14      Horton v. California, 496 U.S. 128, 133-34 (1990).  



          15       LaFave, Search and Seizure  2.2(a), at 604.  



          16      Id. ; see also Soldal v. Cook County                                                      , 506 U.S. 56, 66 (1992) (holding that, "the absence  



of a privacy interest notwithstanding, '[a] seizure of the article . . . would obviously invade                                                                                                                               

the owner's possessory interest'" and implicate the Fourth Amendment) (quoting                                                                                                                                            Horton,  

496 U.S. at 134);  Sheffield v. United States, 111 A.3d 611, 619 (D.C. 2015) ("[T]he Fourth  

Amendment protects against unreasonable seizures of property in which the individual has                                                                                

a possessory interest, even if a privacy or liberty interest is not at issue.");                                                                                                              Jones v. State , 648  

So.2d 669, 675 (Fla. 1994) ("[E]ven if we were to find that Jones' privacy interests were in                                                                                                        

no way compromised, there clearly was a meaningful interference with his constitutionally     

protected possessory rights when his effects were seized without a warrant.").   



          17       United States v. Hamie, 165 F.3d 80, 83 (1st Cir. 1999); see also Arizona v. Hicks,  

                                                                                                                                                                                                 

480 U.S. 321, 326 (1987) (holding that the police must have probable cause to believe an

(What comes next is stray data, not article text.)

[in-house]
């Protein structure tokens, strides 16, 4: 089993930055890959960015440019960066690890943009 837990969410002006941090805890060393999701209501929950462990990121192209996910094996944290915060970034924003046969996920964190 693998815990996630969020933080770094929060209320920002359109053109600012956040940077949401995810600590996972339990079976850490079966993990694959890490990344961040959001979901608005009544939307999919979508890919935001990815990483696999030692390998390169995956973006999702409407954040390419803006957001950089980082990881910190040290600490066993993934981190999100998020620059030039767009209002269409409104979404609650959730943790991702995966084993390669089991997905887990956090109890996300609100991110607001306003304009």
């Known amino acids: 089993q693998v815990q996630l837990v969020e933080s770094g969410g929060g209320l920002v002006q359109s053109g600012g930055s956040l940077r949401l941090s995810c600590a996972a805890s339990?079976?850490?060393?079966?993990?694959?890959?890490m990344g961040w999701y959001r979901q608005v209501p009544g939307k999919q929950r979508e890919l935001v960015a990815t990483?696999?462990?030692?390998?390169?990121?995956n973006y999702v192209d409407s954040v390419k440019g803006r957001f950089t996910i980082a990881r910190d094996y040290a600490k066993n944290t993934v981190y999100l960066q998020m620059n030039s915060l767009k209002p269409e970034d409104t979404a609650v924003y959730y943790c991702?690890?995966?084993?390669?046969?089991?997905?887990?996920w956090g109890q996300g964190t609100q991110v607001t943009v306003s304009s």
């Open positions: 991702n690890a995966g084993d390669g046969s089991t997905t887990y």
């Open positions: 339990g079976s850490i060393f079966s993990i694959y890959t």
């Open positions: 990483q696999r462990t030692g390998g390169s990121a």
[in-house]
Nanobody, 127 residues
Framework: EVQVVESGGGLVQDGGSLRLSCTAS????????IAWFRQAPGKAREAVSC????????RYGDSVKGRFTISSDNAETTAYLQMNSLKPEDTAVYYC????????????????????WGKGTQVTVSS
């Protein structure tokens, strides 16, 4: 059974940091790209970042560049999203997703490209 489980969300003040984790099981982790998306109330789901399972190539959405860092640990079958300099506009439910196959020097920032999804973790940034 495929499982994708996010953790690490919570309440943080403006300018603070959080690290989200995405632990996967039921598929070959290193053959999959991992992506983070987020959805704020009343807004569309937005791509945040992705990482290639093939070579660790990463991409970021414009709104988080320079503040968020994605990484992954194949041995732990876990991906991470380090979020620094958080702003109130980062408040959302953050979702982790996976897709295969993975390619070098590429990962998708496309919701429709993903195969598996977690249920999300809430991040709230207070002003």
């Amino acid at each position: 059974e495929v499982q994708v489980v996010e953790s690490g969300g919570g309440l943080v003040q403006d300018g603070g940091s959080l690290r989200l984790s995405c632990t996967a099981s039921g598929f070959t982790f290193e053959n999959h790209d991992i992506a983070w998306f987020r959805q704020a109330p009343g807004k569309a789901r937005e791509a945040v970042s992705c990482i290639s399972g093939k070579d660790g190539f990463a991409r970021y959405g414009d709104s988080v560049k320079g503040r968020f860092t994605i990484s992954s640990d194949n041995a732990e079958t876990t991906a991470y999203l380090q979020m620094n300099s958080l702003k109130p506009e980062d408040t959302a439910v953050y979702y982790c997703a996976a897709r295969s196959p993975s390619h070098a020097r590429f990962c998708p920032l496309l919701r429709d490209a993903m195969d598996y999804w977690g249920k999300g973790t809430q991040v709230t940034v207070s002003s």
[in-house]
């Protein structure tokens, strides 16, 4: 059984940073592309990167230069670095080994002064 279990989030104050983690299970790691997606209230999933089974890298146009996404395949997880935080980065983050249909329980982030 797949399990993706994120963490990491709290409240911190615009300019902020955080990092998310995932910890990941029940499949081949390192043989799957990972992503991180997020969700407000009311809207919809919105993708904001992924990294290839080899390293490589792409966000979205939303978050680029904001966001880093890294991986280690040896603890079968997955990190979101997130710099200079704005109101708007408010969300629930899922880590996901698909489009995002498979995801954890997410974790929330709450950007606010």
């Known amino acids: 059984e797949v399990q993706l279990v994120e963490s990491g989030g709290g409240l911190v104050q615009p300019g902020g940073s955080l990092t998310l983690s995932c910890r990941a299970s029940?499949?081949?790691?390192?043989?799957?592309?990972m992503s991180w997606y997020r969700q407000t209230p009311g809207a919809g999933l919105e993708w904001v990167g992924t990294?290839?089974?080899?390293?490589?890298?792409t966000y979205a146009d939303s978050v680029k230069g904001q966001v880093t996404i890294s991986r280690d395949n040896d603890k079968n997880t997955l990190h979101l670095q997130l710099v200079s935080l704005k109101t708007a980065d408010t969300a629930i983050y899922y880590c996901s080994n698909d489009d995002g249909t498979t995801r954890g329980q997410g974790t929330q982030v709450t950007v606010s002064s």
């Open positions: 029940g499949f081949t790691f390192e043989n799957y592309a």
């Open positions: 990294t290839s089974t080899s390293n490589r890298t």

item is evidence of a crime or contraband when seizing the item pursuant to the "plain view"  

                                                                                                                                                                       

doctrine); United States v. Davis, 690 F.3d 226, 237 (4th Cir. 2012) (collecting cases stating  

                                                                                                                                                                                                            (continued...)  



                                                                                                                 -  8 -                                                                                                            2646
  


----------------------- Page 9-----------------------

 State    litigated   whether    the    evidentiary    relevance    of    Anderson's    clothing    was  



"immediately apparent," they effectively litigated whether the police had probable cause                                                                                                                                                                                                                                                                                                             



to believe that Anderson's clothing was evidence of a crime.                                                                                                                                                                                                                                                  And when the superior                                                    



court found that the relevance of Anderson's clothing was "immediately apparent" to                                                                                                                                                                                                                                                                                                                                  



Officer Mills, the court in essence found that Mills had probable cause to believe that the                                                                                                                                                                                                                                                                                                                      



clothing was evidence of the home invasion and shootings.